Snow buntings on video

This is a video about snow buntings from the Netherlands.

Little tern video

This is a little tern video from the Netherlands.

‘Anti-fracking is terrorism’, British police says

This video from the USA says about itself:

6 May 2013

Fracking endangers national parks.

Apparently companies mining for energy don’t have to be within the boundaries of a National Park to cause harm to it.

Fracking — the practice of hydraulic shale fracturing to extract natural gas — has become popular around several parks and its effects upon them are being increasingly noticed.

According to a report put together by the National Parks Conservation Association, a watchdog group, North Dakota’s Theodore Roosevelt National Park is particularly vulnerable.

Known for its stargazing opportunities, the night sky has been compromised by both the light coming from surrounding fracking sites and an increase in noise pollution. It’s suspected that water pollution will soon follow.

The opening of multitudes of natural gas extraction sites has also created job opportunities, causing the area to experience a population boom. Due to a shortage in permanent housing, many new residents have been forced to live in the park’s campgrounds.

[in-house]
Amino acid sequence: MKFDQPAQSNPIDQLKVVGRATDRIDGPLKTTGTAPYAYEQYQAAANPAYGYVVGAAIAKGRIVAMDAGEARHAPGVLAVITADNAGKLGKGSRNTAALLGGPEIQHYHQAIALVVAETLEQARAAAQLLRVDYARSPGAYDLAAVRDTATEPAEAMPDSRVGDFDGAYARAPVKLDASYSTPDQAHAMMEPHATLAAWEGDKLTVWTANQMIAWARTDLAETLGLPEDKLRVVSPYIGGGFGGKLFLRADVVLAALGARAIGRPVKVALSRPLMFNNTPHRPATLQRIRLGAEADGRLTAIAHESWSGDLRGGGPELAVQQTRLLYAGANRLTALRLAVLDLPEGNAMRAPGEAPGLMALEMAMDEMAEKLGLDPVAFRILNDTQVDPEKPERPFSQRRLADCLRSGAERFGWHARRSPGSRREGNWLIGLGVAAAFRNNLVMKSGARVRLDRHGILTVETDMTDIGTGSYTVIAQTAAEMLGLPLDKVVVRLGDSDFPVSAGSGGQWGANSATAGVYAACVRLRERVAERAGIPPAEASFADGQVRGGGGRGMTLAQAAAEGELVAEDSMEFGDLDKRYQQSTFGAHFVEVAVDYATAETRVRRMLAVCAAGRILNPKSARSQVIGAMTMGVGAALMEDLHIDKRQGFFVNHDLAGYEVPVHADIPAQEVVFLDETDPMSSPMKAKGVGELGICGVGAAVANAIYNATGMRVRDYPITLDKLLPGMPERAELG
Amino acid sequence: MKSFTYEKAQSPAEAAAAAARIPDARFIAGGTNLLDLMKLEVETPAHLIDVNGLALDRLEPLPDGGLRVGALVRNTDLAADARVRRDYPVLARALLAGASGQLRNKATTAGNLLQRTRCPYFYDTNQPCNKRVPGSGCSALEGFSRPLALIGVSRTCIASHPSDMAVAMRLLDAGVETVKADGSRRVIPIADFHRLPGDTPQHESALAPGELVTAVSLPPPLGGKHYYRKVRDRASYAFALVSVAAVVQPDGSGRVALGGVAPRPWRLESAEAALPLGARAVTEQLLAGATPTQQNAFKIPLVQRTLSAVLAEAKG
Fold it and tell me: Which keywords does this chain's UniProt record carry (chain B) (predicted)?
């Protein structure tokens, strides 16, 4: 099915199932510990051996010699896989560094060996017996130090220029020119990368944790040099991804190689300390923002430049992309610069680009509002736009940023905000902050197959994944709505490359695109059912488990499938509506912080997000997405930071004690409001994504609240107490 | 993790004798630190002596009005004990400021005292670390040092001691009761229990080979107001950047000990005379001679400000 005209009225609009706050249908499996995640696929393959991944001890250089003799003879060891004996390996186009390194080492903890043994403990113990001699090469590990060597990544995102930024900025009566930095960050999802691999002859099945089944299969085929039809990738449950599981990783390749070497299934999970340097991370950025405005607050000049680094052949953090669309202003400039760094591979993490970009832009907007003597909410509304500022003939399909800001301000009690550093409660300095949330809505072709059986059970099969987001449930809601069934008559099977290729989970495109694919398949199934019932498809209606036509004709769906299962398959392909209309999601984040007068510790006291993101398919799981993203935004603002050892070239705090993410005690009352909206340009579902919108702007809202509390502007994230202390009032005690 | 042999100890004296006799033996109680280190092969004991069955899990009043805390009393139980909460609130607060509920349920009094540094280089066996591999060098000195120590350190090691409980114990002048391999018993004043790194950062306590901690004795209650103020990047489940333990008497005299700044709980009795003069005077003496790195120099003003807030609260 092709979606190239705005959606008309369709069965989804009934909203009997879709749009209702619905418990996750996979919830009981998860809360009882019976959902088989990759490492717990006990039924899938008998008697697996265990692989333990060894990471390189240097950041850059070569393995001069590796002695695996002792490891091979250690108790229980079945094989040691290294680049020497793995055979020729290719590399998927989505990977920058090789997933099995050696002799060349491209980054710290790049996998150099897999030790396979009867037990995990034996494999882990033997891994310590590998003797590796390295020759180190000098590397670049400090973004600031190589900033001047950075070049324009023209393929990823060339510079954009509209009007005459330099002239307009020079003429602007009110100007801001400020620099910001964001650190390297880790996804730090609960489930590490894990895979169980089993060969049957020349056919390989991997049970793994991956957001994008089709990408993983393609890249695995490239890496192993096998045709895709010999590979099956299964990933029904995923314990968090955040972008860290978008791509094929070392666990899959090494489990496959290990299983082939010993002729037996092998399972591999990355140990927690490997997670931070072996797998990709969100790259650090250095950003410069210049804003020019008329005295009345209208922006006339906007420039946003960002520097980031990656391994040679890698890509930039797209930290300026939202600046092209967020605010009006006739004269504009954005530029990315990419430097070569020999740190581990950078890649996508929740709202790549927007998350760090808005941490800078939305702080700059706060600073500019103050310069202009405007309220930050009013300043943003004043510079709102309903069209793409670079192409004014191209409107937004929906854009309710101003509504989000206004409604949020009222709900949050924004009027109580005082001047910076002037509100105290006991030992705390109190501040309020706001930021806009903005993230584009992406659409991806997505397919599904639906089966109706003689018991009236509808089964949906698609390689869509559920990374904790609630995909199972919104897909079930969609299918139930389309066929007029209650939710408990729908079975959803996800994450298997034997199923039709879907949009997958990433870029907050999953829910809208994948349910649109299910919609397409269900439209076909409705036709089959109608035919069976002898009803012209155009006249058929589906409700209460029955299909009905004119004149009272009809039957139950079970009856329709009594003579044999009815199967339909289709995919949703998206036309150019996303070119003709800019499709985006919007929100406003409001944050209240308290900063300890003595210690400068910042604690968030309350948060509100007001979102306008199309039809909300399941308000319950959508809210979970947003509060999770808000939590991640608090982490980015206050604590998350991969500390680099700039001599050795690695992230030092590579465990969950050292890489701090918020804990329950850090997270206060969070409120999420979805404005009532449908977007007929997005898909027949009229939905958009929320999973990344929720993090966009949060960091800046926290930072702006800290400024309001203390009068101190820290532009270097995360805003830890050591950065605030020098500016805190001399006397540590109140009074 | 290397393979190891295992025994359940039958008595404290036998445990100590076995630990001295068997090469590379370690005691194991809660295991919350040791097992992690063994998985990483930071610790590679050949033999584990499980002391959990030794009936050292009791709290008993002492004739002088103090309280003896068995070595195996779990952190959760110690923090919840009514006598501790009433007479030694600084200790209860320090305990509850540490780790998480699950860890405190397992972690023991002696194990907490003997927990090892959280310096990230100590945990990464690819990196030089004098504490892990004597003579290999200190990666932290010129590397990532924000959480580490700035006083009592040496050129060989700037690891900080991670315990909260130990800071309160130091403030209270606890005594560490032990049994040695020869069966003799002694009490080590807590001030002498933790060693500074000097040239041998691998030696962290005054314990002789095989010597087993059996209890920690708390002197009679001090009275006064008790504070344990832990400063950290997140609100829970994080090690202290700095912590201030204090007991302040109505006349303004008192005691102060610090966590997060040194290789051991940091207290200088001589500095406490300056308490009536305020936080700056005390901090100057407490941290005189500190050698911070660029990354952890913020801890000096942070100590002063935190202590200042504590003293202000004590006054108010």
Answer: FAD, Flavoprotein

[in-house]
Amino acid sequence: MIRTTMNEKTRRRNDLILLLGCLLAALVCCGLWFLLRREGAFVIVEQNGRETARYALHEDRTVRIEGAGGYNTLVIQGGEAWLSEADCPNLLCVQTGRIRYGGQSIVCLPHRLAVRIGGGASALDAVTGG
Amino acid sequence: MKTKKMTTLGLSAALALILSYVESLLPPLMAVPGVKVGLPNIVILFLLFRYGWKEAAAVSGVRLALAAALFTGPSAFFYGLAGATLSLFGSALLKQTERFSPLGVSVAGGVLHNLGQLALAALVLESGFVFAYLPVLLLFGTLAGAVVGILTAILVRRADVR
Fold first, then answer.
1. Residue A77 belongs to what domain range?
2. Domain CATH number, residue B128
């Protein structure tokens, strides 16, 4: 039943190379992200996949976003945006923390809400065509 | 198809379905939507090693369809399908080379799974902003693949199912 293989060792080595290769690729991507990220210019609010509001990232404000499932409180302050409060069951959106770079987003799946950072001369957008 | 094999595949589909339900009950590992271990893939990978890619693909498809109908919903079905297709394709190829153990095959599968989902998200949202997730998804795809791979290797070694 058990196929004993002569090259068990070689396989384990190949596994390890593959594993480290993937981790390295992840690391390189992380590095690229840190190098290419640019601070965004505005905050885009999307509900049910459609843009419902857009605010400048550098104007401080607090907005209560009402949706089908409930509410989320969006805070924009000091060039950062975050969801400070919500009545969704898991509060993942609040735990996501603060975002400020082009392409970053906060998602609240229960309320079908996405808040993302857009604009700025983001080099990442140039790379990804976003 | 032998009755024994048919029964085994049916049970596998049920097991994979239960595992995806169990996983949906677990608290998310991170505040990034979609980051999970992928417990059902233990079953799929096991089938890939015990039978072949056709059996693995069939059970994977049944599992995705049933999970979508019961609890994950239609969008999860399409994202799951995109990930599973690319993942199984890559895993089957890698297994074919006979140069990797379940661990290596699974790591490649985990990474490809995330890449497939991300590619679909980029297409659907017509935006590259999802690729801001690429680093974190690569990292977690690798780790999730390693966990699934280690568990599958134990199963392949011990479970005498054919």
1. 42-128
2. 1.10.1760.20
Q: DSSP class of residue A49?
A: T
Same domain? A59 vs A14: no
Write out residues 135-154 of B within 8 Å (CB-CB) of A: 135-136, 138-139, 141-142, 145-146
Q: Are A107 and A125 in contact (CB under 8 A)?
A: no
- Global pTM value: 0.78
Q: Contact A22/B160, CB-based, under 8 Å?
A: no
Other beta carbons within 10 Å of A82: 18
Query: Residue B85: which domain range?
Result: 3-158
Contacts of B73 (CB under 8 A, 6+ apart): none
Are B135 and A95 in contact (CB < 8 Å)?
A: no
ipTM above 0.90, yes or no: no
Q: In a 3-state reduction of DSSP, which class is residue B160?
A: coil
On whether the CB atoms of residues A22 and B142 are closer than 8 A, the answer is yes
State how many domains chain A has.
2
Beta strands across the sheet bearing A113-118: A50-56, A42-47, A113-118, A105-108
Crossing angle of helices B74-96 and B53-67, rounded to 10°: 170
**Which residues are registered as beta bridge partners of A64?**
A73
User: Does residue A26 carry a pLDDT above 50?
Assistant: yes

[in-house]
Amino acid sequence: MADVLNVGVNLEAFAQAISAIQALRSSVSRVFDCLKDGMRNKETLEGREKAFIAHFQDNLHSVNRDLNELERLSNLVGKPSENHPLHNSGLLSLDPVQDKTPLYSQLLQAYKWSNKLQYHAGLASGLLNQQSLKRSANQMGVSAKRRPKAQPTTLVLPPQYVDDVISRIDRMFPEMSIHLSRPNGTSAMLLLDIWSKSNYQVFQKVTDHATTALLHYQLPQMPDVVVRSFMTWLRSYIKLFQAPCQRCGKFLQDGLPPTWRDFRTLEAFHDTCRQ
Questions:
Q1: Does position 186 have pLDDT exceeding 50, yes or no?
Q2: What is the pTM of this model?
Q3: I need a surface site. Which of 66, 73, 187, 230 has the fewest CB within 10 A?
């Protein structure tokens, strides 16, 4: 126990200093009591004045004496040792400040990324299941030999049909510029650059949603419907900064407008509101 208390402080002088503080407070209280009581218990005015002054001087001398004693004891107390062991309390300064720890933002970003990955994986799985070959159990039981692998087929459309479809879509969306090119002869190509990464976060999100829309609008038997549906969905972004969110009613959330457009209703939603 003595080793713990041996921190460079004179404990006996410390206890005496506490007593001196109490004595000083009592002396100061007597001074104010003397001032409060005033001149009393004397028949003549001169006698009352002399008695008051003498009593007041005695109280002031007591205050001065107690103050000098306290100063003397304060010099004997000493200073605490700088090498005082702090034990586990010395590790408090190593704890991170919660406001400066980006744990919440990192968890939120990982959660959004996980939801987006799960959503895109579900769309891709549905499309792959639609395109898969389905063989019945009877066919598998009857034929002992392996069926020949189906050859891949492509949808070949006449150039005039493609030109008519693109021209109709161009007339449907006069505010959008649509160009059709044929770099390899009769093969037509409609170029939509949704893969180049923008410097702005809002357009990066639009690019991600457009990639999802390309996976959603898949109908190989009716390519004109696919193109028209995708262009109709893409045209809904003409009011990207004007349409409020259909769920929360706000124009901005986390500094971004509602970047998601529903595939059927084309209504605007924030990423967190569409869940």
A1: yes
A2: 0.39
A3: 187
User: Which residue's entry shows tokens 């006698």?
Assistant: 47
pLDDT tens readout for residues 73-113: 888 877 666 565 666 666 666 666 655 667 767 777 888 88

Another National Parks matter of great concern to environmentalists is a Glacier National Park concessions bid put in by Xanterra Parks and Resorts.

The company is a subsidiary of Anschutz Exploration Corporation, an energy company currently drilling on an Indian reservation just outside of Glacier National Park’s boundaries.

By Peter Lazenby in Britain:

Anti-fracking protesters branded ‘terrorists’

Tuesday 6th December 2016

Campaigners added to list of terror groups along with Isis

COPPERS in Yorkshire have added anti-fracking campaigns to a list of terror groups alongside Isis that require “monitoring and intervention,” a York local radio station revealed yesterday.

Anti-fracking campaigners reacted with shock at the move which is part of the government’s controversial “anti-terror” Prevent programme.